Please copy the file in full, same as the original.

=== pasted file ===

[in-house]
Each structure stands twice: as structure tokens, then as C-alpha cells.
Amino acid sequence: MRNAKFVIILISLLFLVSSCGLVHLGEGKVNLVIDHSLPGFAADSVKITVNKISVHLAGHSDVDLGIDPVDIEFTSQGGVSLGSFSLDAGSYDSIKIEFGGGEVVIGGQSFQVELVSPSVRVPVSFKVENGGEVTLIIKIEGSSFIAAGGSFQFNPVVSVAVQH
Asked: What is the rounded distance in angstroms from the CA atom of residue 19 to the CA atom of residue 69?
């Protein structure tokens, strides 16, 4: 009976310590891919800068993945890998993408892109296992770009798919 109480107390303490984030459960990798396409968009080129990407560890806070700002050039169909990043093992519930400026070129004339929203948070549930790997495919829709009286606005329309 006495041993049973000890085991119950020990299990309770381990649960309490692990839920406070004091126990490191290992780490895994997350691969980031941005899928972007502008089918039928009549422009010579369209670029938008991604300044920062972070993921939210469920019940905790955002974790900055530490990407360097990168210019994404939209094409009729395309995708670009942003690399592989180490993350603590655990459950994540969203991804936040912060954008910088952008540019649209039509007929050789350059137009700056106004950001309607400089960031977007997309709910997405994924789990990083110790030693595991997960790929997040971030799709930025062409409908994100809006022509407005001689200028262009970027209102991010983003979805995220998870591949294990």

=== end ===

[in-house]
Each structure stands twice: as structure tokens, then as C-alpha cells.
Amino acid sequence: MRNAKFVIILISLLFLVSSCGLVHLGEGKVNLVIDHSLPGFAADSVKITVNKISVHLAGHSDVDLGIDPVDIEFTSQGGVSLGSFSLDAGSYDSIKIEFGGGEVVIGGQSFQVELVSPSVRVPVSFKVENGGEVTLIIKIEGSSFIAAGGSFQFNPVVSVAVQH
Asked: What is the rounded distance in angstroms from the CA atom of residue 19 to the CA atom of residue 69?
């Protein structure tokens, strides 16, 4: 009976310590891919800068993945890998993408892109296992770009798919 109480107390303490984030459960990798396409968009080129990407560890806070700002050039169909990043093992519930400026070129004339929203948070549930790997495919829709009286606005329309 006495041993049973000890085991119950020990299990309770381990649960309490692990839920406070004091126990490191290992780490895994997350691969980031941005899928972007502008089918039928009549422009010579369209670029938008991604300044920062972070993921939210469920019940905790955002974790900055530490990407360097990168210019994404939209094409009729395309995708670009942003690399592989180490993350603590655990459950994540969203991804936040912060954008910088952008540019649209039509007929050789350059137009700056106004950001309607400089960031977007997309709910997405994924789990990083110790030693595991997960790929997040971030799709930025062409409908994100809006022509407005001689200028262009970027209102991010983003979805995220998870591949294990």